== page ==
According to an Arthur Delaney article at Huffington Post, “What evidence do Republicans have that drug use is a problem among the unemployed? None that they’ve been willing to share. Ask a Republican politician’s staff for additional information on his or her anecdote about the stoned jobless, and they’ll tell you it’s just something they hear about all the time back in their districts, and you have to take their word for it.”
While there are anecdotal reports of drug use among some job seekers, there is no qualitative reason to believe that a large majority of unemployed are guilty of taking illegal drugs. Why didn’t any of these congressional puritans drug test the failed bank and corporate executives that they handed trillions of taxpayer dollars without any strings attached? The GOP must believe that the wealthy and connected are angels that are beyond temptation while the poor and financially strapped job seekers are devilish drug abusers.
While drug testing all unemployed is a lousy and expensive idea that should be abandoned immediately, it’s the fact that Republicans want to dramatically cut back on the maximum number of weeks that the unemployed can collect benefits in the face of an economy that still isn’t creating the jobs needed to employ millions of unemployed is appalling.
In an article from The Hill today, “Levin’s support for the two-month deal comes amid his concerns that some states, including his home state of Michigan, would lose upward of 20 weeks of federal extended benefits under the Senate’s short-term bill within the first few months of the year because it doesn’t include a provision to ensure they remain in place.“
So regardless of which bill passes – if a bill passes – some long-term unemployed in some states will lose benefits starting the beginning of 2012. Both parties have their hand in the unemployment cutback plan.
Benefits could be cut by as many as 20 weeks next year — in line with a 20-week cut mentioned by President Obama in his jobs bill, supporters have said.
A House-passed Republican plan called for cutting total benefits to79 weeks in January and eventually drop them to a maximum of 59 weeks.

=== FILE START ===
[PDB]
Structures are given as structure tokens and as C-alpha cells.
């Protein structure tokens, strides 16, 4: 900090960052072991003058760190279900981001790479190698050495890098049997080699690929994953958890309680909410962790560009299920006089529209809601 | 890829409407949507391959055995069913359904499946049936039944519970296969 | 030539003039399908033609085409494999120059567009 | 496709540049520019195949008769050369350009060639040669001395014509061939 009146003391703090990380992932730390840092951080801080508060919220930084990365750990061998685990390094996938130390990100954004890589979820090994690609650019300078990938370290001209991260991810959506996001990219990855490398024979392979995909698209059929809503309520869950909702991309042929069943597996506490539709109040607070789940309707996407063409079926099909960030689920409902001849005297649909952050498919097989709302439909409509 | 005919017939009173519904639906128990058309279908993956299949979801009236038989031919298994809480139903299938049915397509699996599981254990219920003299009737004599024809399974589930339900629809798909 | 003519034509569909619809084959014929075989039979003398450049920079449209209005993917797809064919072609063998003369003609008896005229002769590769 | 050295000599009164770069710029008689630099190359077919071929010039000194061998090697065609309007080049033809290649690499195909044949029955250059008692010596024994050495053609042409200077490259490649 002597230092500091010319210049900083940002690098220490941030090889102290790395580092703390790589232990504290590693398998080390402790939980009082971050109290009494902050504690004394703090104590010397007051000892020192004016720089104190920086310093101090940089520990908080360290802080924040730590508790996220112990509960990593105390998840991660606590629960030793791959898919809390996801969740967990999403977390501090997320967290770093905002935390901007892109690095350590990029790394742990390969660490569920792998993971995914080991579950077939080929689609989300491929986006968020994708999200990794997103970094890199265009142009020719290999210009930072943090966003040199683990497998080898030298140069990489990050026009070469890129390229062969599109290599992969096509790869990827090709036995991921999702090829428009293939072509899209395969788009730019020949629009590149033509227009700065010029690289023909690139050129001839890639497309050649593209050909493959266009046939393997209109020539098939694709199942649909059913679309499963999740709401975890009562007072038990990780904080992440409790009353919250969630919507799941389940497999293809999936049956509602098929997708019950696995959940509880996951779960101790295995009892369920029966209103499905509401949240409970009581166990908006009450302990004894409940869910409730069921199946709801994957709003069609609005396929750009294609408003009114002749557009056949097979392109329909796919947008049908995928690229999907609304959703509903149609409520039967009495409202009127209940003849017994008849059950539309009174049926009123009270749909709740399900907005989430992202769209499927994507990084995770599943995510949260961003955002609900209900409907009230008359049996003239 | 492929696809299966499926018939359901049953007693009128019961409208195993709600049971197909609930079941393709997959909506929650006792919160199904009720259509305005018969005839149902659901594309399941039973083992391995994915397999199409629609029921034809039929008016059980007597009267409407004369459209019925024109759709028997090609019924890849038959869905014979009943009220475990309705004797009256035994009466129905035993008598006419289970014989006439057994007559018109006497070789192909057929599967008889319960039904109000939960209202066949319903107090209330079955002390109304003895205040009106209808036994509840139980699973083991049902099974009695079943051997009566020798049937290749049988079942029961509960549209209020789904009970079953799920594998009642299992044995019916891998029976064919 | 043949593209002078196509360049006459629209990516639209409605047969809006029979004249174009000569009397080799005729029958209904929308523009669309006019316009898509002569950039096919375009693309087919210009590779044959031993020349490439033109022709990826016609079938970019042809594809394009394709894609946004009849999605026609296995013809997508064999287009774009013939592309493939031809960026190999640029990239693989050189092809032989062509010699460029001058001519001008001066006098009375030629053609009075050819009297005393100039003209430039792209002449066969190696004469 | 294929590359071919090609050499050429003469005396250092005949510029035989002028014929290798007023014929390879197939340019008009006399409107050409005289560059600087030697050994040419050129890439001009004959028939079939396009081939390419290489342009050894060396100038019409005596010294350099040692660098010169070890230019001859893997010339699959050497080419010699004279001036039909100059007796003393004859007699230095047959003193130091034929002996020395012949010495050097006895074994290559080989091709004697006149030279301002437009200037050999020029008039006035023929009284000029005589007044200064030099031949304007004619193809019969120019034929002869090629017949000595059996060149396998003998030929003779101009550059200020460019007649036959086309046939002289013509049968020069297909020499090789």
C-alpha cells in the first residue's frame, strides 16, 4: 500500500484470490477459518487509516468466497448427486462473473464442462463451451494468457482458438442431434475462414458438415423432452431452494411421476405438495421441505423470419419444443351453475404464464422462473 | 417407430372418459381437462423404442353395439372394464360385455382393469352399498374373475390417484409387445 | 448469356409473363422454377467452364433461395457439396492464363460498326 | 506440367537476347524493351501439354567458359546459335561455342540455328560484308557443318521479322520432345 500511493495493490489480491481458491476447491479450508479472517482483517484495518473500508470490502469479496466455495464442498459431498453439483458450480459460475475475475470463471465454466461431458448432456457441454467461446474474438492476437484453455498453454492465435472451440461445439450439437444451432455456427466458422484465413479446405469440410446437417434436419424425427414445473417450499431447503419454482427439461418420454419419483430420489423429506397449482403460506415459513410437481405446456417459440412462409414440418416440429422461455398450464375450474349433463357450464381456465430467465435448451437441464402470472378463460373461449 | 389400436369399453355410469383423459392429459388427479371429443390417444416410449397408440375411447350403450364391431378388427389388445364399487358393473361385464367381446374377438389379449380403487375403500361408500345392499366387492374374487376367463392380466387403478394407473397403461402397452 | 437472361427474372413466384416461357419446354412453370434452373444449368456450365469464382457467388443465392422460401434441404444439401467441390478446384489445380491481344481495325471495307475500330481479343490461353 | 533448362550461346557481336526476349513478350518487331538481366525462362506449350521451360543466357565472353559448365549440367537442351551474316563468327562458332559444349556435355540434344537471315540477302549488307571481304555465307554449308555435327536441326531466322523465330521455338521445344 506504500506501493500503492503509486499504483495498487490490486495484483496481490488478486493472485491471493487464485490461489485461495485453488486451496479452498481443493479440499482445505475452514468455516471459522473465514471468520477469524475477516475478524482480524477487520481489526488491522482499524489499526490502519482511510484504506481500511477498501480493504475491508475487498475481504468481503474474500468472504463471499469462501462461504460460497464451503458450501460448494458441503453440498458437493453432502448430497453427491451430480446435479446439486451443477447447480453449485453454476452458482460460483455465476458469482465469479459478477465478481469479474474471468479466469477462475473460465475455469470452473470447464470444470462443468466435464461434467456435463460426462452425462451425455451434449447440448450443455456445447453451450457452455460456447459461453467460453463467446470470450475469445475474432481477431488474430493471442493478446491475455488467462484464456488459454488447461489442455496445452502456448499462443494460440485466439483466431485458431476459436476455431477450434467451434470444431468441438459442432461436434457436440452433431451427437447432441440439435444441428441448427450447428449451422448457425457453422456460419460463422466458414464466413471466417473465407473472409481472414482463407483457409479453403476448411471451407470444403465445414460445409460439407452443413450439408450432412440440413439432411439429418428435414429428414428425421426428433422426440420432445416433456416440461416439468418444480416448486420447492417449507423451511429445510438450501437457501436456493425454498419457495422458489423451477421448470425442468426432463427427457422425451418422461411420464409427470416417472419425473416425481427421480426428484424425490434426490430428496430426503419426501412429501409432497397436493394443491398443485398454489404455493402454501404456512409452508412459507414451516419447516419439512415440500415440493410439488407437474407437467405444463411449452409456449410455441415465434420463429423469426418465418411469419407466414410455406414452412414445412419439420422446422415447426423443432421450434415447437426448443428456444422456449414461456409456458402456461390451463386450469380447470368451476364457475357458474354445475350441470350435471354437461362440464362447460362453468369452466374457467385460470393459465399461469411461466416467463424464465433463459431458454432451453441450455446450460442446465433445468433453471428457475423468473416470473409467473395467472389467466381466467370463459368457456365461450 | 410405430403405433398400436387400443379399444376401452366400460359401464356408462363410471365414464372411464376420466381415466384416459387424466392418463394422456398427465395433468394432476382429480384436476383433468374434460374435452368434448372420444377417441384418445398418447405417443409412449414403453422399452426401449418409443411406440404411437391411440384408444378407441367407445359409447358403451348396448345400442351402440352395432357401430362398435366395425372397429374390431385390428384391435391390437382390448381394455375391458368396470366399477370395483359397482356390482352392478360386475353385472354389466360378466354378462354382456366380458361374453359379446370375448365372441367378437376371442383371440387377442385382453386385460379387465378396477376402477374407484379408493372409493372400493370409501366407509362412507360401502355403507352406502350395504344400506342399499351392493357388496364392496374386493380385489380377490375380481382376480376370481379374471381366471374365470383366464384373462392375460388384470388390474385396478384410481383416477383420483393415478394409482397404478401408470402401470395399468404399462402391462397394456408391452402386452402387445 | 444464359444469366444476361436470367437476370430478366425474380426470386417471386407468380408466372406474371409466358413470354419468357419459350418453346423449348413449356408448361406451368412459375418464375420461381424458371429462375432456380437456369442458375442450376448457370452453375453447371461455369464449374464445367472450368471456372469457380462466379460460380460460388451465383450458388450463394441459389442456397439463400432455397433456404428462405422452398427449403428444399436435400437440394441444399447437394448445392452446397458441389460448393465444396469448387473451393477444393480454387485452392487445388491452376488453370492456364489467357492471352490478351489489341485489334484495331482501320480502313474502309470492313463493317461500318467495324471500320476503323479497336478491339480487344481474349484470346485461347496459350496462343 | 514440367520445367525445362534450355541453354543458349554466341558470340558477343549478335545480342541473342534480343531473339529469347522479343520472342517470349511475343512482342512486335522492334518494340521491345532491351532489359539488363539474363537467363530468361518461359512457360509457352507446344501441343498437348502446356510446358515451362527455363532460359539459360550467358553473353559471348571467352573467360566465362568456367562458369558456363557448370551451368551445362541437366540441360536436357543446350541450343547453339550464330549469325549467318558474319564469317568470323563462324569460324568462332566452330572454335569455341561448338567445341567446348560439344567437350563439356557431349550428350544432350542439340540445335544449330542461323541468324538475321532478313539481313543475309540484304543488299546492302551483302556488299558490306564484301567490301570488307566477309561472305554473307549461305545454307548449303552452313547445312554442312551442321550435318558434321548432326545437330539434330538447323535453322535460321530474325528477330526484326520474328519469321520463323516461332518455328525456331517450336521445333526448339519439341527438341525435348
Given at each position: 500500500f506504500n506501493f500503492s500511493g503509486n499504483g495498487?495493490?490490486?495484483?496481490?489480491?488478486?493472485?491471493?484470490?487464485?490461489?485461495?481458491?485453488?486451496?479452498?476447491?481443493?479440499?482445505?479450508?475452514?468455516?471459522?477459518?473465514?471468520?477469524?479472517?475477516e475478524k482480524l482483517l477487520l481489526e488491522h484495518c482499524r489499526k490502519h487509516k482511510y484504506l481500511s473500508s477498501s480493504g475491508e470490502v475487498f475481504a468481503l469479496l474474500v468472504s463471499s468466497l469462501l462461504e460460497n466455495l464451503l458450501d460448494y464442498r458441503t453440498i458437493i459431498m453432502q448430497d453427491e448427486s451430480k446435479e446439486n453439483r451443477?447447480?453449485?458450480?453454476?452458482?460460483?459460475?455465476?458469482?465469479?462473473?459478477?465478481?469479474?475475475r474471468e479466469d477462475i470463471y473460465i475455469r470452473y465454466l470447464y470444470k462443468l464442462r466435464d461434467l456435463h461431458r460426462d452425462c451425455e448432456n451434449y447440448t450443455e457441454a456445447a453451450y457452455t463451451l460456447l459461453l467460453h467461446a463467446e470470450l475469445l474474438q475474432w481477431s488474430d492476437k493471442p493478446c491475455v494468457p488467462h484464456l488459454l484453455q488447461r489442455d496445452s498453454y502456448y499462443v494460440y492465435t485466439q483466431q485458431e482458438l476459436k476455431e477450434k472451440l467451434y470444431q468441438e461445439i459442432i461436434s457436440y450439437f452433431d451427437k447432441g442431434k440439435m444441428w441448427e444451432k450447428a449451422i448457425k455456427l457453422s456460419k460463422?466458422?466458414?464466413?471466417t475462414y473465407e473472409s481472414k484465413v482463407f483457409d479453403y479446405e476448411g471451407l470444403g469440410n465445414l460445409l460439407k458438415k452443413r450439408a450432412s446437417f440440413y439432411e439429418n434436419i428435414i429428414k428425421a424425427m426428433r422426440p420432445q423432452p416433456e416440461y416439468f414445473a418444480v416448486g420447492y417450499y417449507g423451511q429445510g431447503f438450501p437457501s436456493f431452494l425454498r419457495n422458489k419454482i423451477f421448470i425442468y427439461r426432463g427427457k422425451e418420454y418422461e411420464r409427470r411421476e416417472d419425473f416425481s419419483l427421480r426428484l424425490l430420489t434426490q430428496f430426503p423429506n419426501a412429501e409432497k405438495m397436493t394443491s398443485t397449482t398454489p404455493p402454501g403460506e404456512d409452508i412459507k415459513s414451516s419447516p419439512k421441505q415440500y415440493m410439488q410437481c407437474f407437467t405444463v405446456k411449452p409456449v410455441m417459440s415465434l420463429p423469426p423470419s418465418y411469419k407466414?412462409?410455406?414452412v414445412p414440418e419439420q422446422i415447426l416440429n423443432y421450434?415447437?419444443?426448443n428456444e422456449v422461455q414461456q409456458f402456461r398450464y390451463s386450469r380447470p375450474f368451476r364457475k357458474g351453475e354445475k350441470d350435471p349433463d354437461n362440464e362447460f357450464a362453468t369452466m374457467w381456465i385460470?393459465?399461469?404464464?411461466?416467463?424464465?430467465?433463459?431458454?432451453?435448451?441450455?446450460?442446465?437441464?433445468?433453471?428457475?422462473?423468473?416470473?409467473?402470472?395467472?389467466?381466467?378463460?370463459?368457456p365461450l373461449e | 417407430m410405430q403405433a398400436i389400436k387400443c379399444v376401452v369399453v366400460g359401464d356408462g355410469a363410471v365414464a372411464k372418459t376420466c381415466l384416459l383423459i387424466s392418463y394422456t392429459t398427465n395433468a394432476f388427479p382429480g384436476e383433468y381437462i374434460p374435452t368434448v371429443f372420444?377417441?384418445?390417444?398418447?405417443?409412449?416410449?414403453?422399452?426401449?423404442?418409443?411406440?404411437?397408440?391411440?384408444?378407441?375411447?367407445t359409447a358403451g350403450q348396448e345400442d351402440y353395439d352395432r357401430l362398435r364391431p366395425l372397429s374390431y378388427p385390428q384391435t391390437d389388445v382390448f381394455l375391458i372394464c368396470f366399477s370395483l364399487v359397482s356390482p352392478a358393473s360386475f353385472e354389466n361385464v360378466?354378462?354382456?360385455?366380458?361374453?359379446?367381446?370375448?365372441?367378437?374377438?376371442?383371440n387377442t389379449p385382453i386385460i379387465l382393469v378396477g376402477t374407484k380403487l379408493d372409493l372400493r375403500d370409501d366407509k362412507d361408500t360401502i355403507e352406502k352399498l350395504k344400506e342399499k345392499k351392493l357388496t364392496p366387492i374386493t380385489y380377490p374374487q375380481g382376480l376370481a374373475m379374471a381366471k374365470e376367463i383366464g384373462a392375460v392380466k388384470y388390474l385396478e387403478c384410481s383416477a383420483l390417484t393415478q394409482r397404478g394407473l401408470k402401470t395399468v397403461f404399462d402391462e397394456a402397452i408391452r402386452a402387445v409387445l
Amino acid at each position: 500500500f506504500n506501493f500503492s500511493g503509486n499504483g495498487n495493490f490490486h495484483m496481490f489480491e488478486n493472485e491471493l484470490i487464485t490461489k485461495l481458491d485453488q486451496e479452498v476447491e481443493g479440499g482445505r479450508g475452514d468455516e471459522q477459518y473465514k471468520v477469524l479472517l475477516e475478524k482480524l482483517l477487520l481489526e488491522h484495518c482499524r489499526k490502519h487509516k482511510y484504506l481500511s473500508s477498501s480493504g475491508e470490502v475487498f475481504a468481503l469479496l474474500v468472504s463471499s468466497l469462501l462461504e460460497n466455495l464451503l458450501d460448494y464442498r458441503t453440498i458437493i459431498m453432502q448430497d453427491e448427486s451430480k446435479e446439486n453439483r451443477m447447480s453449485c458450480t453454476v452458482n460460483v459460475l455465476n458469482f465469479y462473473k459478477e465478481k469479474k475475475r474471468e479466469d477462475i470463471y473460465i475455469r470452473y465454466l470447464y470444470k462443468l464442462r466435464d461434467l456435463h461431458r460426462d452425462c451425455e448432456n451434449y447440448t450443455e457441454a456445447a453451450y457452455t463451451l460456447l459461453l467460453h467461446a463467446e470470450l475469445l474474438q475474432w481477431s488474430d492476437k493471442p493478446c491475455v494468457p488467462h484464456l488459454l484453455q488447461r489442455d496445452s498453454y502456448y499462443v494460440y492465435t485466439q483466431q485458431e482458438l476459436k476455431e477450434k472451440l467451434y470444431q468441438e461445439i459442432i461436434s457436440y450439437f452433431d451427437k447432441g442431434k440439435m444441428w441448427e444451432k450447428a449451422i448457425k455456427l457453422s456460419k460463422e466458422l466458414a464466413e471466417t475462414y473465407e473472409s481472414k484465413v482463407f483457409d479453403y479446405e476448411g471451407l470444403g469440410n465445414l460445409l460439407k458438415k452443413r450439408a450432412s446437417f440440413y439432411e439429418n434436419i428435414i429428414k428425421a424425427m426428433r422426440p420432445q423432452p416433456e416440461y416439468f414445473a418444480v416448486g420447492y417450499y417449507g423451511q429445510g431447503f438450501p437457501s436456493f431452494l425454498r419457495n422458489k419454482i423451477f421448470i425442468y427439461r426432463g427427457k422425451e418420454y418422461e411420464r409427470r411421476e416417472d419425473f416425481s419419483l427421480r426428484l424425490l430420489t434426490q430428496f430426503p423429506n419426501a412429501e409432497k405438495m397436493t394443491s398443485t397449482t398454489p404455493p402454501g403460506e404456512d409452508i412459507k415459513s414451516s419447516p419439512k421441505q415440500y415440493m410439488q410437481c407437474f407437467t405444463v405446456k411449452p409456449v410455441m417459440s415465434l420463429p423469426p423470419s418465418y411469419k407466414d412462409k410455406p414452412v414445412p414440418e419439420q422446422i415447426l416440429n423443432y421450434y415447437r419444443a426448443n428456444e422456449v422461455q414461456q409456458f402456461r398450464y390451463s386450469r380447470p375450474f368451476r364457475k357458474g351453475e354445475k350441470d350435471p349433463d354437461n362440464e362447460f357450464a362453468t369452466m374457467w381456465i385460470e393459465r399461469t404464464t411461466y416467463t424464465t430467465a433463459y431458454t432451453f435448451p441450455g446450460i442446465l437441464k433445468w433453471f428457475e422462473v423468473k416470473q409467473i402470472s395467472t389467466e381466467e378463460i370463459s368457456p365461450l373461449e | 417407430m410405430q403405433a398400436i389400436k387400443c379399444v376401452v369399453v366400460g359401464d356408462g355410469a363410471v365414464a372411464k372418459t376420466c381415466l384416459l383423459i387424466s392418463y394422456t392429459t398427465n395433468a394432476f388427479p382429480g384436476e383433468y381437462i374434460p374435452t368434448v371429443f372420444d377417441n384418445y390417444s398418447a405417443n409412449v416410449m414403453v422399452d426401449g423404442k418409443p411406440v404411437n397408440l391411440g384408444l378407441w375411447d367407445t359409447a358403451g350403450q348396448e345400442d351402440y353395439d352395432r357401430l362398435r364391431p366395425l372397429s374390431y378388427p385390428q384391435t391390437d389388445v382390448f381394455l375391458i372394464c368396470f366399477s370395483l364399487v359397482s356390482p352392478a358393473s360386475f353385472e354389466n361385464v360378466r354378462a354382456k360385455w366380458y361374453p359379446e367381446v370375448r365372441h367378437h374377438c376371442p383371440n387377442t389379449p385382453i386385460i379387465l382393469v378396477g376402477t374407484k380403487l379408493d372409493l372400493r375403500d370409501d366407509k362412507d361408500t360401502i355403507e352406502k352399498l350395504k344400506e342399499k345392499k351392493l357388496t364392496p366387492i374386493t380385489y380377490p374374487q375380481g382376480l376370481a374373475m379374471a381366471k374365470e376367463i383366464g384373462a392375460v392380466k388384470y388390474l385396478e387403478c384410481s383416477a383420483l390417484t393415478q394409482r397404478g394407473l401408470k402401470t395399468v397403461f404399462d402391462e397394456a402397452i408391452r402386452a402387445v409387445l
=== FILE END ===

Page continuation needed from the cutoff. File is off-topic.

Hundreds of thousands of unemployed will be affected by reduced weeks of benefits. While cutting the maximum number of weeks makes sense during a jobs expansion, that isn’t the case at this point and a recent Gallup poll confirms that point, “Underemployment, a measure that combines the percentage of workers who are unemployed with the percentage working part time but wanting full-time work, is 18.4% in mid-December, as measured by Gallup without seasonal adjustment. This is up slightly from 18.1% at the end of November and similar to the 18.5% of a year ago.”
It’s no wonder that Congress has a record low approval rating,“A new record-low 11% of Americans approve of the job Congress is doing, the lowest single rating in Gallup’s history of asking this question since 1974.” That rating is probably 10% too high, but it shows just how disenchanted Americans of all political stripes are with the political class.
Although the unemployed as a whole are being used as political pawns, they at least have the attentions of politicians and a nation looking for answers. Yet there is one group of unemployed that has been completely ignored of late, the unemployed who have exhausted all benefits – the 99ers. Over the past two years, millions of 99ers have not collected unemployment benefits or a paycheck. A recent Google search of news stories about 99ers produced this simple statement from the OC Register when discussing recent unemployment legislation, “There would be no additional benefits for the so-called 99ers, who have exhausted their 99 weeks.”
Congress and the president have purposely ignored the millions of 99ers for political reasons. Politicians such as Sen. Debbie Stabenow (D-MI), Sen. Chuck Schumer (D-NY), and others who once pushed for 99er legislation have grown silent on the issue. And now it appears that the new 99ers will now be 79ers and possibly 59ers in the near future.
The fact remains that when you consider all under and unemployed, there are about 10 job seekers for each available full-time job opening. That is not a jobs situation that is the fault of the under and unemployed. It’s a situation where there are not enough jobs for those who want jobs.
The unemployed cannot depend on their elected representatives to act in their best interests, but they can depend on those same elected representatives continued criticism, belittlement and disregard. Let’s hope that Congress quickly comes to their senses and passes comprehensive legislation that doesn’t punish the unemployed. Can Congress rise above it’s partisan bickering this holiday season of giving? Time will tell, but that time is short.